For the past year, I have been filling notebook after notebook with letters, photographs, receipts, and certificates from parents, grands, greats, and beyond. Between these clear protector sheets reside The Dead. Over a century ago, poet Edith M. Thomas (1854 - 1925) asked the haunting question:
"Heart throb, heart throb, wonder past knowing,
Where did you come from, where are you going?"
The following poem answers solemnly that the dead have gone nowhere, "They are about us always . . . ":
Nothing is Lost
Nothing is lost.
We are too sad to know that, or too blind;
Only in visited moments do we understand:
It is not that the dead return ---
They are about us always, though unguessed.
This penciled Latin verse
You dying wrote me, ten years past and more,
Brings you as much alive to me as the self you wrote it for,
Dear father, as I read your words
With no word but Alas.
Lines in a letter, lines in a face
Are the faithful currents of life: the boy has written
His parents across his forehead, and as we burn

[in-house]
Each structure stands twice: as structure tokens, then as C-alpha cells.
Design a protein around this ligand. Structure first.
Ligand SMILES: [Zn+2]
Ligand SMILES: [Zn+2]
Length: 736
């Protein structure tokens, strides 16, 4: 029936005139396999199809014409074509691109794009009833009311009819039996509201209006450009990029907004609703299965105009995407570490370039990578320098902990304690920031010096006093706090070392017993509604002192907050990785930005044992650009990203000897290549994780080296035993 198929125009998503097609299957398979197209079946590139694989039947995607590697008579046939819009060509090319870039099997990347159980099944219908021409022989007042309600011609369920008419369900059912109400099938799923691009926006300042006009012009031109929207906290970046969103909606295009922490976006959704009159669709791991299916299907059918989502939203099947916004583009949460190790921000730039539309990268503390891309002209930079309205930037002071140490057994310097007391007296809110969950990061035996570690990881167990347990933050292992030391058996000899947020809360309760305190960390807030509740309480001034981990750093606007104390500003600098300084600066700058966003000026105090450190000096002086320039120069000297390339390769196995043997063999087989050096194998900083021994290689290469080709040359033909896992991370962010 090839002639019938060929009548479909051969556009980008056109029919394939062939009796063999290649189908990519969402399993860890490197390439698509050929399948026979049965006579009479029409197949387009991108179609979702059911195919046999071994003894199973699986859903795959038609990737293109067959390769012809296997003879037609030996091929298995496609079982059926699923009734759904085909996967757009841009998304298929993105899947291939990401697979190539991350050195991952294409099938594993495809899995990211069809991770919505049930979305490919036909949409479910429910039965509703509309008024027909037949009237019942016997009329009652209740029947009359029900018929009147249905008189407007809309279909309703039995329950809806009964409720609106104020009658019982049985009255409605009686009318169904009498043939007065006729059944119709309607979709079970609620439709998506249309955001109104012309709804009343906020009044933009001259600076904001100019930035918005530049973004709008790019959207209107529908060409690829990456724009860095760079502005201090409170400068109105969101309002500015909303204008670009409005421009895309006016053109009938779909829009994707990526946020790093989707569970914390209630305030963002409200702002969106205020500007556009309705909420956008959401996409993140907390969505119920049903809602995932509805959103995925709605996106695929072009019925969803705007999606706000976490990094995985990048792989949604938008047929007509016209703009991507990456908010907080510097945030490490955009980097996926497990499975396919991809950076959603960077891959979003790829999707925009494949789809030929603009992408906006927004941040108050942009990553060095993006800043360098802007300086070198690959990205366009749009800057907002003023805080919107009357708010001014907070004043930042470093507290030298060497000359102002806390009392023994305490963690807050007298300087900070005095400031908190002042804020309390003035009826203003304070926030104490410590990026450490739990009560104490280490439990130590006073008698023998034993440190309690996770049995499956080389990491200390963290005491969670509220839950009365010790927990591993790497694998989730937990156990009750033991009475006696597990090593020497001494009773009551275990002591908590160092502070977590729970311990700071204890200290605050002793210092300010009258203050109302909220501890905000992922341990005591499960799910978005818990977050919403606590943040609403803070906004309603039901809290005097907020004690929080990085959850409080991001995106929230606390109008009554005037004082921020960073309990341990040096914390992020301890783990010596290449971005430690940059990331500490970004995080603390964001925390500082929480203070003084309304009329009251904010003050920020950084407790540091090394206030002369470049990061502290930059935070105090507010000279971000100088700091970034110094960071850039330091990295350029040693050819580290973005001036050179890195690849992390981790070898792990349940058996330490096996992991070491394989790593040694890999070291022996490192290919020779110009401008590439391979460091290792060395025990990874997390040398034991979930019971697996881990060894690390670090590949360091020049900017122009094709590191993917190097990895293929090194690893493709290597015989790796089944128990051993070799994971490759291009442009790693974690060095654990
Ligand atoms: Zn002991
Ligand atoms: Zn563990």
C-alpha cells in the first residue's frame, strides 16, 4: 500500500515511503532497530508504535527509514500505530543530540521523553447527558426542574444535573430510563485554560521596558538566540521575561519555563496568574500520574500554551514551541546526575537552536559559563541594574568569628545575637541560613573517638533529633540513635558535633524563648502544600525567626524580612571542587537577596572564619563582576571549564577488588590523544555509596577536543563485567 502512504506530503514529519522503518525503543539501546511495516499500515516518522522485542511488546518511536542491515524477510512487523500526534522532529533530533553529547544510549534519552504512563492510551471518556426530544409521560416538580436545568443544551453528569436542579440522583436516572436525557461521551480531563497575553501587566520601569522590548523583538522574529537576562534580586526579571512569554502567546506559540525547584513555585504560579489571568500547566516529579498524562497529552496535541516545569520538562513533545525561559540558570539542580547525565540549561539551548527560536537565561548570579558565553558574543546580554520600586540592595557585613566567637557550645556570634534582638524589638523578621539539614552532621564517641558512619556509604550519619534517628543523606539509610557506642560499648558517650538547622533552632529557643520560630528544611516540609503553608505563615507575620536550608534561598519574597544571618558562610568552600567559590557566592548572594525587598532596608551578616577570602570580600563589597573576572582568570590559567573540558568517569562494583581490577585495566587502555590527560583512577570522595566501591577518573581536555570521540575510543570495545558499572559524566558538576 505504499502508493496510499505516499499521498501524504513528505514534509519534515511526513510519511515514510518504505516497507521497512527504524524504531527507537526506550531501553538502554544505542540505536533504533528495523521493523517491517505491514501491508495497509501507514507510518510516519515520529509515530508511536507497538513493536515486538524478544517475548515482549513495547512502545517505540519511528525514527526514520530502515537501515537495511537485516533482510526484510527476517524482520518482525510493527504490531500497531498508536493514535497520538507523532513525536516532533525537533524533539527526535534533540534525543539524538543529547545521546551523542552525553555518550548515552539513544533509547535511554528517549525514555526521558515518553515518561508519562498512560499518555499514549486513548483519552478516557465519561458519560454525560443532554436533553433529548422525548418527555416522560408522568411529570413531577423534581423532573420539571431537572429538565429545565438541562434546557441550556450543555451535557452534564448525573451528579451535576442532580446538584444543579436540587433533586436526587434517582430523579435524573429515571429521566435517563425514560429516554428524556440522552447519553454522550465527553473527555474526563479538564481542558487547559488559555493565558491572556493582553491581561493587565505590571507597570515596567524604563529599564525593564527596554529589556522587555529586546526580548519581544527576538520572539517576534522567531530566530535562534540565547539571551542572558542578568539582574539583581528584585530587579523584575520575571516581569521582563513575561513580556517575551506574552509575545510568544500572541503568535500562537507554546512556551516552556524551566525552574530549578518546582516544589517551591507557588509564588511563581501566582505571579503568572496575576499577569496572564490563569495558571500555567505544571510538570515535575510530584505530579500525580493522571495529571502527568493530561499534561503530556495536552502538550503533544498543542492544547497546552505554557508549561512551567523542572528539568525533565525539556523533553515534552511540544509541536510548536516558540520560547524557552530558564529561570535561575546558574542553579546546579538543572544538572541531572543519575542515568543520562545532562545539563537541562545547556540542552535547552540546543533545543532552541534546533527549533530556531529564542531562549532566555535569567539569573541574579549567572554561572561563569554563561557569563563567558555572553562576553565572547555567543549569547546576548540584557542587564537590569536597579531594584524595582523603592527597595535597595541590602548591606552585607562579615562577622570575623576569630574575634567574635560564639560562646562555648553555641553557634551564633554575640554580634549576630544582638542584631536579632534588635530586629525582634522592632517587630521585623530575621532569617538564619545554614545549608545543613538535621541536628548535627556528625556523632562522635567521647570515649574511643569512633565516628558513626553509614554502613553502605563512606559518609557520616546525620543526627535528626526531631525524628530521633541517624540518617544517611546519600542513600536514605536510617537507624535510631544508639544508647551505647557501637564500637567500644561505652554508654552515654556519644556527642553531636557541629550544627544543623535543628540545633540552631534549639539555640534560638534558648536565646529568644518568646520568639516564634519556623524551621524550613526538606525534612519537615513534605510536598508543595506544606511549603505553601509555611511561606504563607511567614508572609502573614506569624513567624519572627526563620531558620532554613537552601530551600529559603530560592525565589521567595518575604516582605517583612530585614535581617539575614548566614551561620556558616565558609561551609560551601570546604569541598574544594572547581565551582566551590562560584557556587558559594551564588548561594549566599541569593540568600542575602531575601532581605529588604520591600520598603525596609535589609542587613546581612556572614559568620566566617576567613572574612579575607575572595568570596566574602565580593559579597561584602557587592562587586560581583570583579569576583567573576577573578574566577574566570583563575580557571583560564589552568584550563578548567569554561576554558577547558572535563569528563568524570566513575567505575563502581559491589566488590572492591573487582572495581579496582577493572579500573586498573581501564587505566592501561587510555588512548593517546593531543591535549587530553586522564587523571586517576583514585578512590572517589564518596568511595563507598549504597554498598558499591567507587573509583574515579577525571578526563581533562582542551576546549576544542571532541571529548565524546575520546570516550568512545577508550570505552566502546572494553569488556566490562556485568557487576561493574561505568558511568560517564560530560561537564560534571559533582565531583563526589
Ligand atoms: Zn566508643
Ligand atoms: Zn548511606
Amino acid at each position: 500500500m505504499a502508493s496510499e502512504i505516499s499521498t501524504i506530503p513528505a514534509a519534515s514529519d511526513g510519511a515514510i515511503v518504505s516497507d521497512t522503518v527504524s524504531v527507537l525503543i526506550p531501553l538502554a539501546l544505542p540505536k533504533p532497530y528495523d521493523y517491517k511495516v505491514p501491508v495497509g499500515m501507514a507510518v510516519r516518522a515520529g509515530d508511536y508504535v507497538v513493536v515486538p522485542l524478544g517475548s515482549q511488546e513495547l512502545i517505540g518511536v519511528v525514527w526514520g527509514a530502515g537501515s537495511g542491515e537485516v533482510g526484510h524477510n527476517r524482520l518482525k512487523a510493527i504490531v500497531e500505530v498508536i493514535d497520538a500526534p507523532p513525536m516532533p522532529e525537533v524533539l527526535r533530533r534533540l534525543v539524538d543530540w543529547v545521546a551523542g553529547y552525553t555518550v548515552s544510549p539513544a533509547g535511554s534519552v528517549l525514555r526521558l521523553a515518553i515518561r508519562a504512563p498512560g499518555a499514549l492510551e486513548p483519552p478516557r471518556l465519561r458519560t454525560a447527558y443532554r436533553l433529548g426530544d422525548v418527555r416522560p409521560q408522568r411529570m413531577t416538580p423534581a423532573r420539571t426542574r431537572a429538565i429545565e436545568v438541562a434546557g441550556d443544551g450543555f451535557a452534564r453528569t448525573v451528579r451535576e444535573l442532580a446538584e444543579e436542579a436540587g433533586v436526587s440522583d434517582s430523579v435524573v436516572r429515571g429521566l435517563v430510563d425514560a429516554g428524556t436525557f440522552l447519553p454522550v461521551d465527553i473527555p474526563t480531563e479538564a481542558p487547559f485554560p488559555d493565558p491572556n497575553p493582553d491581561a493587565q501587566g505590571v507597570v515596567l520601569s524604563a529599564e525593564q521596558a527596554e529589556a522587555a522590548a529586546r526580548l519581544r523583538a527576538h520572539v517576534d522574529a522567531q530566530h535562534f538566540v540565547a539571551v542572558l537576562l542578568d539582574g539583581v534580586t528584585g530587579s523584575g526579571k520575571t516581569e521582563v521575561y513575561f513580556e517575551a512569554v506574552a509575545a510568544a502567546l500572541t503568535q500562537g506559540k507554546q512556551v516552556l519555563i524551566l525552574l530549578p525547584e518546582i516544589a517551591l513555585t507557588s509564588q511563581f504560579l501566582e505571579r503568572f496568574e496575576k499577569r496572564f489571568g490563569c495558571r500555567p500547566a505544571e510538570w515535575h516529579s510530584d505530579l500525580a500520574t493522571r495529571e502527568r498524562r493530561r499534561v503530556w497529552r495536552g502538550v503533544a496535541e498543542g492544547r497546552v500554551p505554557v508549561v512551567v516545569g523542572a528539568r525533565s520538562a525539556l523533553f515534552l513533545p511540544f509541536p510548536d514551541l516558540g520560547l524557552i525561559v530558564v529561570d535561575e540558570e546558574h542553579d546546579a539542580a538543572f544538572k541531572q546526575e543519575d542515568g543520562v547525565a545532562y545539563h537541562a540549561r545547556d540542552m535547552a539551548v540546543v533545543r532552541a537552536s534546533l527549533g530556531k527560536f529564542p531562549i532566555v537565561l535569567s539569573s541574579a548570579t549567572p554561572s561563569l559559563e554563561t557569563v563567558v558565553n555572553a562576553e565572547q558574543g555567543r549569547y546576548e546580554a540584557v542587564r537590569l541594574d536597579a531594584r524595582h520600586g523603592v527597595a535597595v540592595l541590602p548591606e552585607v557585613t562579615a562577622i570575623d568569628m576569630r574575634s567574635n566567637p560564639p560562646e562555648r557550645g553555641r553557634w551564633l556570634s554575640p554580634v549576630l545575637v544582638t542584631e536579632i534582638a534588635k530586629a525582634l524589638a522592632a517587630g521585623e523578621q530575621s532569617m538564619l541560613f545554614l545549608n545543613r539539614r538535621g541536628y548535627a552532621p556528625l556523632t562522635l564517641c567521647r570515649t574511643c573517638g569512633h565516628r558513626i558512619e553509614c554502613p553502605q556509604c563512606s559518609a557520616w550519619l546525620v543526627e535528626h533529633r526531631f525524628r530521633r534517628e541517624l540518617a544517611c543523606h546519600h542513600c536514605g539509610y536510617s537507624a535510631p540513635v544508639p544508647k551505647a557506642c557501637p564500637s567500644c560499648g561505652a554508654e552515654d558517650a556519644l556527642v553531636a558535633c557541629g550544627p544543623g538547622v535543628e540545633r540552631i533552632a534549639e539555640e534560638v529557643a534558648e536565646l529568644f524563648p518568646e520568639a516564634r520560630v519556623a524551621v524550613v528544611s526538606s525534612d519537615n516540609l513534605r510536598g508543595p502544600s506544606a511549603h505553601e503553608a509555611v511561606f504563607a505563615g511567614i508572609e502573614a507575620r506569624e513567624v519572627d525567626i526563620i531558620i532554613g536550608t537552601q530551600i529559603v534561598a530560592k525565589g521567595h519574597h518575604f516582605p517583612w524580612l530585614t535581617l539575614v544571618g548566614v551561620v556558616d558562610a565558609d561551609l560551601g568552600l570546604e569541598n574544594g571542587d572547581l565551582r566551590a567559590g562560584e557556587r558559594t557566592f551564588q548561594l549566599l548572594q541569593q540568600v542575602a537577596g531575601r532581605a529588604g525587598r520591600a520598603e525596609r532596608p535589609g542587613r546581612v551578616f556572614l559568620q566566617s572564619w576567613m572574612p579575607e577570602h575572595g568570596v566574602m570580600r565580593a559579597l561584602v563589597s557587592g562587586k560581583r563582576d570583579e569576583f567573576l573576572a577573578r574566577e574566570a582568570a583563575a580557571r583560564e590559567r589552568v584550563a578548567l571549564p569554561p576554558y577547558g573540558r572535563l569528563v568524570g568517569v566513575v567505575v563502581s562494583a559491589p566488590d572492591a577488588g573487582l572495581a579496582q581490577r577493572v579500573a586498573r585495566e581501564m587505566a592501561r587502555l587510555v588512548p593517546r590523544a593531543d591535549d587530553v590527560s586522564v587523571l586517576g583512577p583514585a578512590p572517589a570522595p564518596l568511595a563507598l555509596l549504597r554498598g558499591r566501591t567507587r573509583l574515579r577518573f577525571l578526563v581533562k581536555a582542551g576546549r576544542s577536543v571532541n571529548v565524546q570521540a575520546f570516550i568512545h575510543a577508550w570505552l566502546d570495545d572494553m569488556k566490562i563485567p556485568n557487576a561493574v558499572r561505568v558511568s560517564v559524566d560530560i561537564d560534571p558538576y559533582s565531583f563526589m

Our bodies up each seven years,
His own past self has left no plainer trace.
The cells pass on their secrets, we betray them
Unknowingly: in a freckle, in the way
We walk, recall some ancestor,
And Adam in the color of our eyes.
Yes, on the face of the new born,
Before the soul has taken full possession,
There pass, as over a screen, in succession
The images of other beings:
Face after face looks out, and then is gone.
Nothing is lost, for all in love survive.
I lay my cheek against his sleeping limbs
To feel if he is warm, and touch in him
Those children whom no shawl could warm,
No arms, no grief, no longing could revive.
Thus what we see, or know,
Is only a tiny portion, at the best,
Of the life in which we share; an iceberg’s crest
Our sunlit present, our partial sense,
With deep supporting multitudes below.
Anne Barbara Ridler (1912 - 2001)